Fleas are a common pest for both cats and dogs. Fortunately, there are a variety of products available to help prevent infestation. When used as directed, such products are safe and effective. However, dogs and cats can easily become sick if too much or the wrong flea product is applied, or the product is ingested post-application. Ingestion occurs if the dog or cat licks the treated area. Below is more information about potential reactions and flea control product toxicity in pets.
The most common type of flea control product is pyrethrum-based. As you look at the product label, you will see the main ingredient listed as a pyrethrum, pyrethroid, or permethrin. The active ingredients in pyrethrum-based flea products include allethrin, bifenthrin, cyfluthrin, cypermethrin, cyphenothrin, deltamethrin, esfenvalerate, etofenprox, fenpropathrin, fenvalerate, flumethrin, imiprothrin, metofluthrin, permethrin, prallethrin, resmethrin, silafluofen, sumithrin, tefluthrin, tetramethrin, tralomethrin, transfluthrin as well as others. Some brand names may include Talstar, Capture, Ortho Home Defense Max, Bifenthrine, Baygon, Scourge, and Anvil.
The other type of flea product that can cause toxicity contains organophosphates. Active ingredients in organophosphate products include chlorpyrifos, crufomate, dichlorvos, diazinon, haloxon, naphthalophos, phosmet, naled, tetrachlorvinphos, and malathion. Brand names may include Alco, Americare, Beaphar, Ford’s Freedom Five, Happy Jack, Hartz, Hopkins, Kill-Ko, Protection, Rabon, Sergeant’s, Unicorn, Vet-Kem, Victory, and Zema.
Many of these products are safe and effective when properly used. However, these products also carry risk of toxicity and other adverse health consequences if used incorrectly. As such, it is important to confirm the flea control product is appropriate for the species, weight, and age of your pet.
Signs of Flea Control Product Toxicity in Cats and Dogs
Signs of flea control product toxicity can occur from one to 12 hours after application and may vary depending on the type of flea control product poisoning.
The most common signs of toxicity from pyrethrum-based flea products are muscle tremors and excessive salivation.
Common signs of toxicity from flea products containing organophosphates are diarrhea, vomiting, difficulty breathing, small pupils, muscle tremor, weakness or falling over, and drooling. Organophosphate toxicity can be rapidly fatal, depending on the ingredients and dose the pet is exposed to.
What to Do if Your Dog or Cat has Flea Control Product Toxicity
If you notice any signs of toxicity, contact your veterinarian. It is generally recommended that you immediately wash your pet with warm water and a mild detergent, such as Dawn® dishwashing liquid. Pets can chill easily so dry thoroughly after bathing and keep your pet warm. After bathing your pet, proceed to your family veterinarian. If unavailable, find your closest veterinary emergency clinic.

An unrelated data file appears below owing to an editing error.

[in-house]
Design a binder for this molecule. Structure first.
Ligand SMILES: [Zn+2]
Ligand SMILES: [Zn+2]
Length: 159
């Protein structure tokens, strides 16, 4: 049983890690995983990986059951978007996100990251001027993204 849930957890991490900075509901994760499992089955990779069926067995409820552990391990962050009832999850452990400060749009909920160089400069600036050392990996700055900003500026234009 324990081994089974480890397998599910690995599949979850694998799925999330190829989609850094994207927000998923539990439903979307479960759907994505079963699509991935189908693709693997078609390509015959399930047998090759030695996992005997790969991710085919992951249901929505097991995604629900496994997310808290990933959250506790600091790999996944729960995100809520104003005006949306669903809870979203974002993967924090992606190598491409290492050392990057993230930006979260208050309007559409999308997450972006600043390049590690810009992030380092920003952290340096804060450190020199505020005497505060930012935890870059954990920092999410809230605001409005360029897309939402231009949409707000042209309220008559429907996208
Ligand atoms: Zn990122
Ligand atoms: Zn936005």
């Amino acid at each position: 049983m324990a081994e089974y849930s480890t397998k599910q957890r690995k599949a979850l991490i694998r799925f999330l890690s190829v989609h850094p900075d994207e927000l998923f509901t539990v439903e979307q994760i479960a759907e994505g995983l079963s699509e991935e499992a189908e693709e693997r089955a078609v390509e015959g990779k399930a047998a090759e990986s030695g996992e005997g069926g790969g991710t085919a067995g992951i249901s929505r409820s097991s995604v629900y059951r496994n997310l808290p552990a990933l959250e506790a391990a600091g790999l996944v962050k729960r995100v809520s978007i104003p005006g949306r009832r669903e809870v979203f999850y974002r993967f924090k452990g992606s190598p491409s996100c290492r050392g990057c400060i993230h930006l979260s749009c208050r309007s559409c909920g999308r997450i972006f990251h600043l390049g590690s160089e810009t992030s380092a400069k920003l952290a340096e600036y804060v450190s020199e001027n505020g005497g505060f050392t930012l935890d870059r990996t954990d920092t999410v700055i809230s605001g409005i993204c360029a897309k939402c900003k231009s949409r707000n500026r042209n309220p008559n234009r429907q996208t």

Will My Pet Recover from Flea Control Product Toxicity?
Pets becoming ill from exposure to a pyrethrum-based flea control product can make a full recovery with prompt treatment including intravenous (IV) fluids, muscle relaxants, and symptomatic care.
Pets poisoned by organophosphate flea products require early intervention, which almost always requires IV fluids, supportive care, and hospitalization. With prompt treatment, a full recovery can be expected in most pets.
Prevention of Flea Control Product Toxicity in Dogs and Cats
Most flea control product toxicities are a result of not following label directions. Prior to using a flea control product, always consult with your family veterinarian as well as confirm the product is appropriate for the species, weight, and age of your pet. Cats are more sensitive to the toxic effects of pyrethrums and organophosphates than dogs, so take care when using flea control products of any type on a cat, and never use a product intended for a dog on a cat.
Additionally, since kittens and puppies are more sensitive than adult cats and dogs, be sure to use flea control products approved for kittens and puppies, as many have age restrictions and are not approved for use at young ages.
Do’s & Don’ts to Using Flea Control Products in Cats and Dogs
- Consider using a veterinarian-prescribed flea control product for safer, more effective treatment.
- Read label directions carefully to ensure the flea control product is appropriate for your pet’s species, age, and weight.
- Separate pets in a multi-pet household until the flea control product is dry so pets cannot lick topical products off each other.
- DO NOT apply a topical flea control product to skin that is red, irritated, scratched, or broken.
- DO NOT use more than one flea control product on your pet at a time, unless directed by your veterinarian. Even two safe flea control products can be dangerous when used together.
- DO NOT EVER apply a flea control product for a dog to a cat without the approval of your family veterinarian.